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Monday, 27 July 2015

10th Anniversary Classic Rant: First Influences

I read a comment today that I suspect is paraphrased from some famous quote, but I can't find the source for it; though I'm positive that in my academic years I had heard it somewhere. Basically it said this, on Christians: If they tend to base their Christianity on quoting the Gospels, they're fairly tolerable human beings. If they quote the Pauline Epistles then they're usually intolerable assholes, if they spend their time quoting Revelation, then they're utter and absolute nutcases.

I've found that to be generally true, and it got me to thinking also about the old Jesuit statement: "Give me a child before he's 7 and I'll give you a Catholic for life".

So our foundations determine what sources we will use to guide our perceptions, and our early experiences determine our foundations, which mark us for life.

I know from personal experience that these foundations can be "Undone"; but that its very difficult, and only pretty exceptional people making pretty exceptional efforts can overcome this.

Just as it is with religious instruction, so it is with RPGs. I think that our earliest experiences with RPGs probably mark us for life inasmuch as the rest of our career as "gamers" is concerned. Whatever our first gaming experiences are, those are the ones that in one form or another we are always trying to perfect or re-produce thereafter, or if we are on a rejection kick those are the foundations we are blindly thrashing against and trying to overthrow. Only those who come to terms with their origins and embrace them without being limited by them can really be free of them.

Am I free of my early influences? I think in many ways I am, of the negative aspects, but I have cleaved to the positive elements of those early influences.

My "early influences" would come down to three major sources: 

First, Basic D&D. The old red box. This game to me defined D&D, and defined what a good RPG should be; it also defined the "median" of my own personal rules-light/rules-heavy spectrum (ie. anything heavier than D&D basic is rules-heavy, anything lighter is "rules-light").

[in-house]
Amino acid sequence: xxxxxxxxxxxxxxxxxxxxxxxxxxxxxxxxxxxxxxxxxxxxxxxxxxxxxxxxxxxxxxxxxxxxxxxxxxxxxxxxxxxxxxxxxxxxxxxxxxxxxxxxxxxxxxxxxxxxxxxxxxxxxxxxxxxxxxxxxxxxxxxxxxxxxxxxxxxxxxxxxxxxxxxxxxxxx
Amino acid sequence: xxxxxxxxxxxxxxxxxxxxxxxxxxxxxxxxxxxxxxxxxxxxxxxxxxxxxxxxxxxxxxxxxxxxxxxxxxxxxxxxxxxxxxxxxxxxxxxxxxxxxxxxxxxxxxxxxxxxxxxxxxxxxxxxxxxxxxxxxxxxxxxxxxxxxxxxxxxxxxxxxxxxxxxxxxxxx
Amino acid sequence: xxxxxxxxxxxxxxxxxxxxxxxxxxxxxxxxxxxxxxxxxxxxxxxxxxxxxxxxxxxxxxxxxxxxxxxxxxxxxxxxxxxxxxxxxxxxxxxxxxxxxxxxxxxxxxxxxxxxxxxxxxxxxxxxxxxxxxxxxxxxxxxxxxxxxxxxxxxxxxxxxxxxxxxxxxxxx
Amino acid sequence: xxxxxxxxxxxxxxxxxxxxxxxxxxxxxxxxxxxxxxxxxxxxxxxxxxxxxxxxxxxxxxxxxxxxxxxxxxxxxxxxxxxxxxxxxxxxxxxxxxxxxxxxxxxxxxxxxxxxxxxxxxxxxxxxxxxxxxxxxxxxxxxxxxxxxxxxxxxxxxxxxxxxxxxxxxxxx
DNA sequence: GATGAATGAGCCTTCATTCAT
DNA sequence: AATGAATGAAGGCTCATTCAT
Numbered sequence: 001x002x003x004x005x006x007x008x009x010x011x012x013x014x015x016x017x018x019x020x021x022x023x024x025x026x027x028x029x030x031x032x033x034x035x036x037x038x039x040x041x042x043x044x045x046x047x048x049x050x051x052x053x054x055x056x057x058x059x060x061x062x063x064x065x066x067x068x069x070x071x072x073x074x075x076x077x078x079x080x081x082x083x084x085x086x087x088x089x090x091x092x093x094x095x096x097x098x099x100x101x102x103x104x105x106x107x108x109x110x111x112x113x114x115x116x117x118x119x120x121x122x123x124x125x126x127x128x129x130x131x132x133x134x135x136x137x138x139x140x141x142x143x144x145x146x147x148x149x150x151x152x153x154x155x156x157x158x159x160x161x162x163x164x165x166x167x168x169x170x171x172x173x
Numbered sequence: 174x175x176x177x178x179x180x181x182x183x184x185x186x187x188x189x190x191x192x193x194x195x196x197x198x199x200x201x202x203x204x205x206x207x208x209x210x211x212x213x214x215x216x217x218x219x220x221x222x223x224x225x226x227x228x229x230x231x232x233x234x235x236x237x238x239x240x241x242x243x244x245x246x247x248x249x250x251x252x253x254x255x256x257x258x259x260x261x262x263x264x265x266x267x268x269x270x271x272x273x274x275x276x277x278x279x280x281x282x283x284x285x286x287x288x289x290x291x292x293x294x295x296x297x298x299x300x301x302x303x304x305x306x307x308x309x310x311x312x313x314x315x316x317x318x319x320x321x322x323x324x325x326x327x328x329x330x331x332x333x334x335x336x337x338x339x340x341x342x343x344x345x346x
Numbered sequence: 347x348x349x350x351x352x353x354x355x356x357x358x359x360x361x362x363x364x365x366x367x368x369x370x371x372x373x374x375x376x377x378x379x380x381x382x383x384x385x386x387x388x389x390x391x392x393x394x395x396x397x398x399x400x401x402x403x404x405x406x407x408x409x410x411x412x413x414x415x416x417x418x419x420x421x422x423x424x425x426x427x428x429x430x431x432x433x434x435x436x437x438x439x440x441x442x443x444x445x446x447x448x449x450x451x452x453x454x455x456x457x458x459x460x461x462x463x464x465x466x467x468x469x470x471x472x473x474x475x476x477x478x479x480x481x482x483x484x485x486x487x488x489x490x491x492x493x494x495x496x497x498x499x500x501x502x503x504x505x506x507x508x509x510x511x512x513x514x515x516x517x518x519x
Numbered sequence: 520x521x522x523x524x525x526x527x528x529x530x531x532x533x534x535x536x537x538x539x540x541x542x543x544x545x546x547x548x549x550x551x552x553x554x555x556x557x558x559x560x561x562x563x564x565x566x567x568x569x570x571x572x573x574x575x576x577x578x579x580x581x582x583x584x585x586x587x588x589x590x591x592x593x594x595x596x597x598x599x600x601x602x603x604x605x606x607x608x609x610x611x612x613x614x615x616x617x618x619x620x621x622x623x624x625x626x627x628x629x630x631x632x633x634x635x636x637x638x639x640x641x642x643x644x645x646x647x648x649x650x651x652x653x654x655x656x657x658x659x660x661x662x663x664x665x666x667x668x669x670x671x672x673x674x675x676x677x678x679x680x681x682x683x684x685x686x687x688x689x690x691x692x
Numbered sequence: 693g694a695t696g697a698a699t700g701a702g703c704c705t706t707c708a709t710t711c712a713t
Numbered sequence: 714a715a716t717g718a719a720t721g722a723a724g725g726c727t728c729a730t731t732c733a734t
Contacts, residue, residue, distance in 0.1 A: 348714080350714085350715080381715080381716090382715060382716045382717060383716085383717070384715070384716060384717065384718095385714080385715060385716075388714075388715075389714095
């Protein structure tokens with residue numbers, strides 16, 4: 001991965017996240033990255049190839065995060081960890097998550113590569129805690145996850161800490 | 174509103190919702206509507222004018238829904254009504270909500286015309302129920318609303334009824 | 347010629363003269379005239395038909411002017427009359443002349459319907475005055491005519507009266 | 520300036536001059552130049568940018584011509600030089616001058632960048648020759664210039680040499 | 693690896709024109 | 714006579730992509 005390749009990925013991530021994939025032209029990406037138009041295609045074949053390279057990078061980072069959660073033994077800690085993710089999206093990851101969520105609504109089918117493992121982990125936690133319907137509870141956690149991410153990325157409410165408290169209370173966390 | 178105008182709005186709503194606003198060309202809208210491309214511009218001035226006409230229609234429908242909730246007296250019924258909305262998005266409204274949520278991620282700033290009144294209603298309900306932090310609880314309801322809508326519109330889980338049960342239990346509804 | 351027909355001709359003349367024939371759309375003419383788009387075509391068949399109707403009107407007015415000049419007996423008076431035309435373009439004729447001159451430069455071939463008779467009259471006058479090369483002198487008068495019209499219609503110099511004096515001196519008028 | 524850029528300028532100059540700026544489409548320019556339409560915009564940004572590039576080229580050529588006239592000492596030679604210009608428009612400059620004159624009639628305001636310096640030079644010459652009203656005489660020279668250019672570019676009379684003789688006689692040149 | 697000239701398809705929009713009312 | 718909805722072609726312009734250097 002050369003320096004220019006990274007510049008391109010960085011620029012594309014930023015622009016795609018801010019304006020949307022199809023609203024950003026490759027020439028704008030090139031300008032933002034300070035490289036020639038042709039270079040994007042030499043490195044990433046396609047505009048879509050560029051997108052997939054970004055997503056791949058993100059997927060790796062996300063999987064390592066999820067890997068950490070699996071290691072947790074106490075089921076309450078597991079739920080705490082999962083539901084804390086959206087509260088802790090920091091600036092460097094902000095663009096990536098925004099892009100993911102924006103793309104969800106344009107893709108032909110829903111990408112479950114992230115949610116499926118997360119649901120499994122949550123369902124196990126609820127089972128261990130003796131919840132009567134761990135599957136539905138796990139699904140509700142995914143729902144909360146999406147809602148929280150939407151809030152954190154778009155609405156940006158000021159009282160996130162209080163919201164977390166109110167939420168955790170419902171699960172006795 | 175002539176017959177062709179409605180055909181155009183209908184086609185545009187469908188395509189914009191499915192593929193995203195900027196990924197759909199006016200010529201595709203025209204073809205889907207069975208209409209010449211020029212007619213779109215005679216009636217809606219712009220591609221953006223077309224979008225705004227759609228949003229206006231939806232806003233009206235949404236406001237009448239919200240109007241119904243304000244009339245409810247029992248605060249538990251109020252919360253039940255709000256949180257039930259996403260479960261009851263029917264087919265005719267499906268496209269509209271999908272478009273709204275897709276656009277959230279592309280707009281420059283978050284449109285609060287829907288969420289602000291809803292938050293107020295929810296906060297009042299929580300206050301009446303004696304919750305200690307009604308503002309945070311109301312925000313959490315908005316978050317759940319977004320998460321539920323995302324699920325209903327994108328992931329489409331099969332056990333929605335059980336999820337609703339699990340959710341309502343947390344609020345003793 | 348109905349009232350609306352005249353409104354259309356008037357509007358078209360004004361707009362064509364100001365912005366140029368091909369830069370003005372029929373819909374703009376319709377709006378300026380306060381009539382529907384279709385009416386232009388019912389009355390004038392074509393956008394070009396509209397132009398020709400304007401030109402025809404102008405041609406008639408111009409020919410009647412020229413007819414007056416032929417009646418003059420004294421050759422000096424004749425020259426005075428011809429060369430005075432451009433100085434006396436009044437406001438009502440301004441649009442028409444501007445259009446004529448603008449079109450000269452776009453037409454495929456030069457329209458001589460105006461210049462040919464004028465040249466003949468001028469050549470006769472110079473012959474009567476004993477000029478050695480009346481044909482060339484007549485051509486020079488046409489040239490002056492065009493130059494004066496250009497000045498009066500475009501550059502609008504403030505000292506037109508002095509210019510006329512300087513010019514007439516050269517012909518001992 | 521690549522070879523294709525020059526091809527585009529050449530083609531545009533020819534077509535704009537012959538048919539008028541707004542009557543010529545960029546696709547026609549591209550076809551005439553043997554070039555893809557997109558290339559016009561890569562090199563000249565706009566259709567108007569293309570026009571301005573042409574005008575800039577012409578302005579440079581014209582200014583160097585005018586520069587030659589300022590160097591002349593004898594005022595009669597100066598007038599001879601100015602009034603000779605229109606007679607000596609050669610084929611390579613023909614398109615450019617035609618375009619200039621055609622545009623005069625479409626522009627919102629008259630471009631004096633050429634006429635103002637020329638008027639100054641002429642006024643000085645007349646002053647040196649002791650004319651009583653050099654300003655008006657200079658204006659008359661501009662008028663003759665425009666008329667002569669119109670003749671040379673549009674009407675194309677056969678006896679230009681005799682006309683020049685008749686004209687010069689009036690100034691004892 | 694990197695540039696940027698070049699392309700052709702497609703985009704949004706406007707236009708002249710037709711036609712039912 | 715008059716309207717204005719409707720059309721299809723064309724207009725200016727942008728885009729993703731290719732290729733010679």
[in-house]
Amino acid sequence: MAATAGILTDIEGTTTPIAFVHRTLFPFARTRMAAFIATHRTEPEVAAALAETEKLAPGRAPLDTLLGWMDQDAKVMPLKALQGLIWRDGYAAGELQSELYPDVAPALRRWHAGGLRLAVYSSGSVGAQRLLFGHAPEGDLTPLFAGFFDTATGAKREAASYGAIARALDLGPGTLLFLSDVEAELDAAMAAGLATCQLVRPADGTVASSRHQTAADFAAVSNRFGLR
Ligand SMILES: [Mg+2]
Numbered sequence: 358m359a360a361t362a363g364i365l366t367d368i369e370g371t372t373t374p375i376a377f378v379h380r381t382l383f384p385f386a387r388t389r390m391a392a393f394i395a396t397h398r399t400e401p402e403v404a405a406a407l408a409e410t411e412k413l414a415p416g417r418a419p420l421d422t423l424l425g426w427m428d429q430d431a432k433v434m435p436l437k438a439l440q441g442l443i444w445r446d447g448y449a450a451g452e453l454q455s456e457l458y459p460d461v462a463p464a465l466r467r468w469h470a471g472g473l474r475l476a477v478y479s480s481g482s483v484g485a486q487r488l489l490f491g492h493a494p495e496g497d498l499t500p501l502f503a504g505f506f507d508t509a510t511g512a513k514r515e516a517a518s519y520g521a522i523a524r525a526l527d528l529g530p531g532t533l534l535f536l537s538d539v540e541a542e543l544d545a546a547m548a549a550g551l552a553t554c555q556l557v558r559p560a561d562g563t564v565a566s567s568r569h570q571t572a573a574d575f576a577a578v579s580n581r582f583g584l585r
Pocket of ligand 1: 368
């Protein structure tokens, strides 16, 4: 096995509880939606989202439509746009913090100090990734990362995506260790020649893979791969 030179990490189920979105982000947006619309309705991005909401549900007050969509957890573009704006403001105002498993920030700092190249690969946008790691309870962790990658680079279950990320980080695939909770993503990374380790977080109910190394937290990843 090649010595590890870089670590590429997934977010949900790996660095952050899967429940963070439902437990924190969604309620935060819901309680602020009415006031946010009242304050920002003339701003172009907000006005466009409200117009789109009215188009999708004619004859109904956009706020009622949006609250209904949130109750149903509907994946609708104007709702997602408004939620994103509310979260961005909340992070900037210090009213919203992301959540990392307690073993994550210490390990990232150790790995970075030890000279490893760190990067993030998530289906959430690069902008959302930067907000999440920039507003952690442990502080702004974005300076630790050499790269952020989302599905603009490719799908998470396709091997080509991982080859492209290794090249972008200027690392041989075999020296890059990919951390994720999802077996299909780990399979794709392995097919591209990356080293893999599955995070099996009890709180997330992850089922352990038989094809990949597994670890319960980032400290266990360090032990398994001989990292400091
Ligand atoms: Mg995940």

Second: Advanced Fighting Fantasy. This game was my first major influence for "rules light" and for simplicity, even before Amber. It was the first game that taught me not to rely entirely on rules as written, and to be ok with making some of it up as I go along, and looking at rules as suggestions and not ironclad structure. It also defined a lot of my sense of fun, since some of my first and most enjoyable campaigns were with "Dungeoneer". The world of Titan was my game world before I really got into Mystara or the Realms.

Third: Palladium's Robotech. This was the first major Sci-fi RPG I played. It certainly defined how I think a Mecha game should be. The rules didn't make a huge impact on me compared to D&D basic (if anything, the similarity between the systems just keyed me into the idea of the possibilities of universality), but the material and the construction of the rulesbooks defined a lot for me about what I would like from a gamebook, moreso than the other two sources. I like lots of good images, I like lots of cool stuff. And I'd rather have a sourcebook with a lot of usable material than a pretty sourcebook with a lot of useless crap stuffed in. Palladium's books are always chock-full of material that can be played with, say about them what you will.

Those were the three RPGs of my first two years as a gamer, and yes, I would say they did a lot to define me; both in the sense of defining what I like, and teaching me lessons about what can be better. And that's part of the trick too. If you look at it all dogmatically, you will only come away with a fixed dogma of what you want and end up with some massive blind spots about problems in games, that you will keep carrying with you.

Overall, I was pretty lucky. I'm not saying "brain damage" or anything like that, but its clear to me that people who's first RPGs were Vampire or other Story-based games will have some serious hurdles to overcome if they're going to be able to free themselves of the kinds of bad habits that create problems with enjoying RPGs as straightforward fun.


(Originally posted August 2, 2006)

1 comment:

  1. Nice to see Palladium get some respect.

    And the D&D thing explains a lot.